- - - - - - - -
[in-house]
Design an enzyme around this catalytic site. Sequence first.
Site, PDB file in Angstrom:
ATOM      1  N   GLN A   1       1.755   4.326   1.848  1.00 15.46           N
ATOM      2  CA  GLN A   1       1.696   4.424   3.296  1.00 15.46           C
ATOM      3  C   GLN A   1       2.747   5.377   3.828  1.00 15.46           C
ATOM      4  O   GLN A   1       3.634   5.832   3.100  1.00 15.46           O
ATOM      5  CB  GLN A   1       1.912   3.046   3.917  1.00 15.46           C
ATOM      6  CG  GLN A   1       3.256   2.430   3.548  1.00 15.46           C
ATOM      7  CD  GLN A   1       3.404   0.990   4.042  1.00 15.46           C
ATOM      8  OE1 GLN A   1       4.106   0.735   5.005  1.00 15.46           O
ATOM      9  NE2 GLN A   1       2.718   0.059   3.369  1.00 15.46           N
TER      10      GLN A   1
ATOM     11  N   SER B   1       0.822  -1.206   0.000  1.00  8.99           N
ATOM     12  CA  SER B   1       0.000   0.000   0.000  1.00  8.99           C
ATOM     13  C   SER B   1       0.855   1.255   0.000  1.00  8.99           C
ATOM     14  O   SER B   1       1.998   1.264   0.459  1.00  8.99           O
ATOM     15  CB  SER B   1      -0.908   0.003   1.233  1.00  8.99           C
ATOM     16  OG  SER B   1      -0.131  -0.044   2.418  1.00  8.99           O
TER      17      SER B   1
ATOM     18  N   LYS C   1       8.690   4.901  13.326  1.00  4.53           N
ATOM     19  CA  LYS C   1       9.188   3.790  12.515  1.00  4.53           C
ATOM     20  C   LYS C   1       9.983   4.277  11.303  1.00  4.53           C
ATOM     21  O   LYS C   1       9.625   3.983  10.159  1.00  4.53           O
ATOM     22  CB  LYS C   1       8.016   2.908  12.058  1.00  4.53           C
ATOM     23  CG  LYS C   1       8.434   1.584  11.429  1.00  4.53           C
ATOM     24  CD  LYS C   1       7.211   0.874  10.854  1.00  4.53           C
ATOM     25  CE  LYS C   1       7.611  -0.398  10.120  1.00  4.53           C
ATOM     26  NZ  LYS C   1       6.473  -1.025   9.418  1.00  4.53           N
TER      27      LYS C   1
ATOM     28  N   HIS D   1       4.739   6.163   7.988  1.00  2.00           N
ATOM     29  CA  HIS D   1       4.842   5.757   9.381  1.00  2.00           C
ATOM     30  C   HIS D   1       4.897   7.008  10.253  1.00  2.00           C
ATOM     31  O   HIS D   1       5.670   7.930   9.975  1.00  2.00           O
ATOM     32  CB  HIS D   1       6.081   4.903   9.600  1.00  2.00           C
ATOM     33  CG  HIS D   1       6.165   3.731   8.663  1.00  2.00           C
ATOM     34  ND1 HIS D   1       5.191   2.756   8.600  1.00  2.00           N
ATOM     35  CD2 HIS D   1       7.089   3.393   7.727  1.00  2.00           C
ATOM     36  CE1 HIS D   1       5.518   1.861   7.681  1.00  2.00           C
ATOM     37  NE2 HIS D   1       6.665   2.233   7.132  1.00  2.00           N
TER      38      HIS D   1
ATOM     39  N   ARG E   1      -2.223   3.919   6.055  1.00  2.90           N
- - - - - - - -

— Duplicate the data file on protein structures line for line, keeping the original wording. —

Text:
[in-house]
Design an enzyme around this catalytic site. Sequence first.
Site, PDB file in Angstrom:
ATOM      1  N   GLN A   1       1.755   4.326   1.848  1.00 15.46           N
ATOM      2  CA  GLN A   1       1.696   4.424   3.296  1.00 15.46           C
ATOM      3  C   GLN A   1       2.747   5.377   3.828  1.00 15.46           C
ATOM      4  O   GLN A   1       3.634   5.832   3.100  1.00 15.46           O
ATOM      5  CB  GLN A   1       1.912   3.046   3.917  1.00 15.46           C
ATOM      6  CG  GLN A   1       3.256   2.430   3.548  1.00 15.46           C
ATOM      7  CD  GLN A   1       3.404   0.990   4.042  1.00 15.46           C
ATOM      8  OE1 GLN A   1       4.106   0.735   5.005  1.00 15.46           O
ATOM      9  NE2 GLN A   1       2.718   0.059   3.369  1.00 15.46           N
TER      10      GLN A   1
ATOM     11  N   SER B   1       0.822  -1.206   0.000  1.00  8.99           N
ATOM     12  CA  SER B   1       0.000   0.000   0.000  1.00  8.99           C
ATOM     13  C   SER B   1       0.855   1.255   0.000  1.00  8.99           C
ATOM     14  O   SER B   1       1.998   1.264   0.459  1.00  8.99           O
ATOM     15  CB  SER B   1      -0.908   0.003   1.233  1.00  8.99           C
ATOM     16  OG  SER B   1      -0.131  -0.044   2.418  1.00  8.99           O
TER      17      SER B   1
ATOM     18  N   LYS C   1       8.690   4.901  13.326  1.00  4.53           N
ATOM     19  CA  LYS C   1       9.188   3.790  12.515  1.00  4.53           C
ATOM     20  C   LYS C   1       9.983   4.277  11.303  1.00  4.53           C
ATOM     21  O   LYS C   1       9.625   3.983  10.159  1.00  4.53           O
ATOM     22  CB  LYS C   1       8.016   2.908  12.058  1.00  4.53           C
ATOM     23  CG  LYS C   1       8.434   1.584  11.429  1.00  4.53           C
ATOM     24  CD  LYS C   1       7.211   0.874  10.854  1.00  4.53           C
ATOM     25  CE  LYS C   1       7.611  -0.398  10.120  1.00  4.53           C
ATOM     26  NZ  LYS C   1       6.473  -1.025   9.418  1.00  4.53           N
TER      27      LYS C   1
ATOM     28  N   HIS D   1       4.739   6.163   7.988  1.00  2.00           N
ATOM     29  CA  HIS D   1       4.842   5.757   9.381  1.00  2.00           C
ATOM     30  C   HIS D   1       4.897   7.008  10.253  1.00  2.00           C
ATOM     31  O   HIS D   1       5.670   7.930   9.975  1.00  2.00           O
ATOM     32  CB  HIS D   1       6.081   4.903   9.600  1.00  2.00           C
ATOM     33  CG  HIS D   1       6.165   3.731   8.663  1.00  2.00           C
ATOM     34  ND1 HIS D   1       5.191   2.756   8.600  1.00  2.00           N
ATOM     35  CD2 HIS D   1       7.089   3.393   7.727  1.00  2.00           C
ATOM     36  CE1 HIS D   1       5.518   1.861   7.681  1.00  2.00           C
ATOM     37  NE2 HIS D   1       6.665   2.233   7.132  1.00  2.00           N
TER      38      HIS D   1
ATOM     39  N   ARG E   1      -2.223   3.919   6.055  1.00  2.90           N